SCIS Subject search for Christmas

SCIS Subject search for Christmas

Narrower Term

  • Christmas entertainments
  • Santa Claus

Related Term

  • Jesus Christ – Nativity

Other useful subject headings

  • Carols
  • Christmas cookery
  • Christmas decorations
  • Christmas trees
  • Christmas music
  • Christmas services

Post by Clare Kennedy, RMIT industry placement 2013

2013 Victorian Readers’ Cup

The Readers’ Cup is a free competition for schools to enter teams.  It aims to support and encourage readers and reading.  When I was a  teacher librarian at OLMC in Heidelberg we had participated several times.  We ran the competition out of the school library and sponsored the winning team into the finals.  Teams are quizzed on their knowledge of the books that they have read and make a creative response to one of the titles using web 2.0 tools.  This is an activity that runs well in structured library lessons.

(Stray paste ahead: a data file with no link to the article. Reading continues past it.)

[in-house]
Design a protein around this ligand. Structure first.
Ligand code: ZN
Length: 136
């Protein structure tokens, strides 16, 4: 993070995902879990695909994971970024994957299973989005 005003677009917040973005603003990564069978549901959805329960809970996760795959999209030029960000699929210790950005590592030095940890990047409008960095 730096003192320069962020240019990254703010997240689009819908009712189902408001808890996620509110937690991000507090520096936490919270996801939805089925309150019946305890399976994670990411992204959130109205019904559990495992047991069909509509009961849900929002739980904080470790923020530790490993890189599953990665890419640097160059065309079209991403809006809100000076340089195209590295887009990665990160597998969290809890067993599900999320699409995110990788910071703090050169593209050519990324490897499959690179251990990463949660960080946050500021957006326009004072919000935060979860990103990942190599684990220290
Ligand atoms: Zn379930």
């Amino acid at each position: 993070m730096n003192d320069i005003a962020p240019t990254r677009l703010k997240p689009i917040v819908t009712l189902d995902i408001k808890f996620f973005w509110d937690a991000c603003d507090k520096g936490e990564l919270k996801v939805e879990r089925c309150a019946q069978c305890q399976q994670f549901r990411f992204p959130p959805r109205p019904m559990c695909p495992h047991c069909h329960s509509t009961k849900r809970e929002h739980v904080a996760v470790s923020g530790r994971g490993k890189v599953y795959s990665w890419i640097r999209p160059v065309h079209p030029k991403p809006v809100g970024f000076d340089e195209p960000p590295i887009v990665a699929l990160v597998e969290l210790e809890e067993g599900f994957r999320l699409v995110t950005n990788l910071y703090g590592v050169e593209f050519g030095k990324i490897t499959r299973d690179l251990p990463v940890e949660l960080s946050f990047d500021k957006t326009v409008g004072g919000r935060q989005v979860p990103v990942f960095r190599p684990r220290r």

2013-07-05 17.32.08

Lottie and the Wishbird. Photo by Michael Jongen CC-by

Judith Way started the Readers Cup, initially with SLAV but for the last couple of years they have been held at Quantum.  As Judith says

“The Readers’ Cup is not funded at all – we simply give our time to encourage students to read and to love book.”

It was a pleasure this year to be involved by being asked to be one of the judges .  It was lovely to see the knowledge that the students had of the books and to watch their presentations giving their emotional and creative responses to the books.  There was a shared spirit of enthusiasm and love for reading in the room.  You can find a report on the Readers’ cup here.

You can find out  how to go about running  the Victorian Readers Cup in your school and further information here.

The Children’s Book Council of Australia run Readers Cups in Queensland and Tasmania